Fragile and Fantastic

Updated: May 5

The historical record is an immense collection of moments in time. In comparison, the moment of the individual life is unbelievably brief. One would assume the realization of life's brevity would instinctively evoke humility, but it does not. We forget the past too quickly and have little or no consideration for future consequences living our lives in the ambiance of our own inflated ego.

This is not to say that humanity is not a phenomenal thing because it is. It is such a wondrous thing that only pagan fundamentalism could bring the ethical vegan and environmental extremist to elevate all other creation above it.


We are not perfect; we are flawed; we are an amalgam of contradictions; we are human.


Humanity is both fragile and fantastic. To quote Blaise Pascal “Man is a reed, the weakest of nature, but he is a thinking reed. It is not necessary that the entire universe arm itself to crush: a vapor, a drop of water suffices to kill him. But if the universe were to crush him, man would still be nobler than what kills him, because he knows that he dies and the advantage that the universe has over him, the universe knows nothing”


See, fragile and fantastic, yet regardless trials, troubles, and vicissitudes we persist.


Through the epochs of time our climate has undergone changes, some cycles shorter than a year, others decades, and still others longer than centuries. Countless genocides, wars, famines, pestilences, diseases, and droughts (far exceeding those recorded in our few history books) have plagued the planet. Still, humanity perdures despite its arrogance, philosophical insanity, and predilection for self-destruction. We even rise above.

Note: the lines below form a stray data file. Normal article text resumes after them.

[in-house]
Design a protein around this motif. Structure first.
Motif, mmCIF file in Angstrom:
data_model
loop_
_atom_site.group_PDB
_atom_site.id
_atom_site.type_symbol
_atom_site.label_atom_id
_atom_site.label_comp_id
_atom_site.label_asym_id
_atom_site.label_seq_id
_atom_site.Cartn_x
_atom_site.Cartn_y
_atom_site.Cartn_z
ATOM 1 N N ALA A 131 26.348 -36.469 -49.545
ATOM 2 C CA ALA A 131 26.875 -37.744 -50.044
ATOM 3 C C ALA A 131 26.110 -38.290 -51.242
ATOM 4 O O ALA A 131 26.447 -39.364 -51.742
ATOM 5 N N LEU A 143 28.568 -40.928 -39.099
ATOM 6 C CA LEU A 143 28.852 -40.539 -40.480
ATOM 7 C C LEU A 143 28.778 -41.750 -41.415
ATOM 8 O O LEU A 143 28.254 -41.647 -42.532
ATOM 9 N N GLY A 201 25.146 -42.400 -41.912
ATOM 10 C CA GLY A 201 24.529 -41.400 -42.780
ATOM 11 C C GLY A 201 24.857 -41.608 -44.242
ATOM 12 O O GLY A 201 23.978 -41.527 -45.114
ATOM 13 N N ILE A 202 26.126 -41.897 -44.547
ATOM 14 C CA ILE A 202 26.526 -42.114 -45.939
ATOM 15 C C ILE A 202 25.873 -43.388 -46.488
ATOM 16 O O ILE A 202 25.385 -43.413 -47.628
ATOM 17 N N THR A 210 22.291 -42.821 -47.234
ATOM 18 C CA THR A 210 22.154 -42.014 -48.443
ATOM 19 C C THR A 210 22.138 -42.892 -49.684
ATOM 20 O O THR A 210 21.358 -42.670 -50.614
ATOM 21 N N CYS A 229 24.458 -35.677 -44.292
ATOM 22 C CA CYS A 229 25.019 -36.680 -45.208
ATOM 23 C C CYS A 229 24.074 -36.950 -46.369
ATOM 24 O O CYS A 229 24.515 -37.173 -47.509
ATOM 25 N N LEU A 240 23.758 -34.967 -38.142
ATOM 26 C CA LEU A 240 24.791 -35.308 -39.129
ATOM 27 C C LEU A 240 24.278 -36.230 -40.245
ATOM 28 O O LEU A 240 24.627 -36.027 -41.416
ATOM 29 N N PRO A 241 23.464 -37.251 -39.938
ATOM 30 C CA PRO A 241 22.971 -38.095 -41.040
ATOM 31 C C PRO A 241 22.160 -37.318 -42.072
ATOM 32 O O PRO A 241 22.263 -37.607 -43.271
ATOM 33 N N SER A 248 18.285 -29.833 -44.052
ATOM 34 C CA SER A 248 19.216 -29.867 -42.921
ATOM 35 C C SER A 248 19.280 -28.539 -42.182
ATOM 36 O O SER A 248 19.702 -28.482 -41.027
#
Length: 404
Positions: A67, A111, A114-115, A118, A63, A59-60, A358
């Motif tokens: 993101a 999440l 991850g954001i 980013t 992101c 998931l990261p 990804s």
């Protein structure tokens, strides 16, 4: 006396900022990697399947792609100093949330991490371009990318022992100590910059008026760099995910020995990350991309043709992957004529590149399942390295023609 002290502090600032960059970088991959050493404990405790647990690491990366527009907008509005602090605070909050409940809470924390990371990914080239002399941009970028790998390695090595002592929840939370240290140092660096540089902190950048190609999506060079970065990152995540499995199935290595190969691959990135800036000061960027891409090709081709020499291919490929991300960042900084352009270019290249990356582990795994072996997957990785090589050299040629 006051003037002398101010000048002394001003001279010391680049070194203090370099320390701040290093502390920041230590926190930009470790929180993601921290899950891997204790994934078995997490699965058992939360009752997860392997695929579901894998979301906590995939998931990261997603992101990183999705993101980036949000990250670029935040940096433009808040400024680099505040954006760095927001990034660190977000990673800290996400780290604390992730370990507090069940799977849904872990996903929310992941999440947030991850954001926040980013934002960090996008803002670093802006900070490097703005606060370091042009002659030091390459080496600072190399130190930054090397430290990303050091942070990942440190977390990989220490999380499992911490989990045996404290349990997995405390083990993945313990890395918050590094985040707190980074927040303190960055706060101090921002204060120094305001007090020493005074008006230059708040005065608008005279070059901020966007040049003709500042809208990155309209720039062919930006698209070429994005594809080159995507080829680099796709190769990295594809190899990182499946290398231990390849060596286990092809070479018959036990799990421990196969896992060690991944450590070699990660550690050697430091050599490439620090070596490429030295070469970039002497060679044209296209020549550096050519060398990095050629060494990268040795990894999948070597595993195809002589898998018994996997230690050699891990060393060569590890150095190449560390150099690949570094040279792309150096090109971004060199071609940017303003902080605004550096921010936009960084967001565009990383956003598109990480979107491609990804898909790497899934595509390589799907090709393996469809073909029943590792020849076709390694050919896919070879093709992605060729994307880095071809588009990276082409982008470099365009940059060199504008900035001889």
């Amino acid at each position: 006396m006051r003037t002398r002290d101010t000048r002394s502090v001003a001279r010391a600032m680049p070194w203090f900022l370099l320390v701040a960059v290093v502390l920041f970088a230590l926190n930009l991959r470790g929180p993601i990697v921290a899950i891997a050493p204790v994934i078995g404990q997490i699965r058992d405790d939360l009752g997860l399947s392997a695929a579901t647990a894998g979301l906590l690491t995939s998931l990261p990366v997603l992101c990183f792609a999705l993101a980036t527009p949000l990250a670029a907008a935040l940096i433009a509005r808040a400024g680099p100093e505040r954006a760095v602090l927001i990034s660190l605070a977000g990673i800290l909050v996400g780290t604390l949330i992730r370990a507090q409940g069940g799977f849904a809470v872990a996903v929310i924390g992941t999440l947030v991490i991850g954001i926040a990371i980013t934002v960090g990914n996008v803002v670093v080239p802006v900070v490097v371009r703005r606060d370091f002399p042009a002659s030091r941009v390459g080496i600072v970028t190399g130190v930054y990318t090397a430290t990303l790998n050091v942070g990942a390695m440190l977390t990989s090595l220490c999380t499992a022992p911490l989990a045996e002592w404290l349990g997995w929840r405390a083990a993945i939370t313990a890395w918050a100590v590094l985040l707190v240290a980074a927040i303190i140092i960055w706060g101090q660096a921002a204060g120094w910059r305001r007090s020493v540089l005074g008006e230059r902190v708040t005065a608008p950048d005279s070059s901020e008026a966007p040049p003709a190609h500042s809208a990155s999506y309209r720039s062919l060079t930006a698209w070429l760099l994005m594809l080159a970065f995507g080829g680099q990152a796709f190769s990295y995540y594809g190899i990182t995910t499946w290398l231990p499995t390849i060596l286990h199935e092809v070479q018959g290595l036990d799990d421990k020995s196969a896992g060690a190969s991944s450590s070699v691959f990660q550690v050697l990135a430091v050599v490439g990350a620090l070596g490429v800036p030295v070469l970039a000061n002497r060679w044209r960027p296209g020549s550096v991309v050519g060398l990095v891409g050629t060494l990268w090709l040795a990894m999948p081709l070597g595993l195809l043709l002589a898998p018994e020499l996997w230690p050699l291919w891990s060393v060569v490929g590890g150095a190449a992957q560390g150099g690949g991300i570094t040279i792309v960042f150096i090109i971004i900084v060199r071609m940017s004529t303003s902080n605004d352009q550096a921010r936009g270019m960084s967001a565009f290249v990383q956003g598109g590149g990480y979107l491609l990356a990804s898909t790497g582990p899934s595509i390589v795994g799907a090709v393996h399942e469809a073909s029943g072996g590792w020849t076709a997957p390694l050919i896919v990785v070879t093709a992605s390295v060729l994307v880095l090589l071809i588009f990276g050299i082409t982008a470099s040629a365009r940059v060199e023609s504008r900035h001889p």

The people of Israel irrigated the desert into a tropical fruit garden. In arctic cold and sweltering heat modern technology affords comfort and ease. Even the ancient challenge of spatial distance has been conquered. To get from one side to the other bridges have been built to span unbelievable chasms and when the expanse has proved too great for the bridge, humanity burrowed underneath or took flight.


When the population exceeded space, new space was explored. The Europeans sailed beyond the British Isles and the Mediterranean to populate the Americas. The descendants of those settlers blazed a trail to the west and gained even more territory. One may argue the ethics of past behavior or even charge those bygone pioneers with crimes, but one cannot deny what they did or that it happened. Every adversary who forced humanity’s hand has been met with resistance and resilience. Every difficulty was overcome through tenacity, ingenuity, and invention--granted not every action was ethical nor right.


Humanity’s progress often outpaces its wisdom and morality. In the past men brandishing swords and shields that barely exceeded their arm’s span. So, on the battlefield soldiers formed opposing lines, faced one another, and then charged to attack. With the advent of gun and cannon, one would also expect strategic innovation, but as stated wisdom rarely keeps pace with invention. In America's Civil War soldiers of the north and south wielding guns and mortars faced each other as in former times turning Gettysburg into an epic blood bath.


Human intellect has been a dynamic influence throughout history often turning destruction and division upon itself. For example, after positive progress in the competition for gender equality, the premise of gender as being only a social construct became the new narrative and with this the assertion of 86 different genders. In a moment feminism saw its gains erased as men, now appropriating the female gender, took the forefront.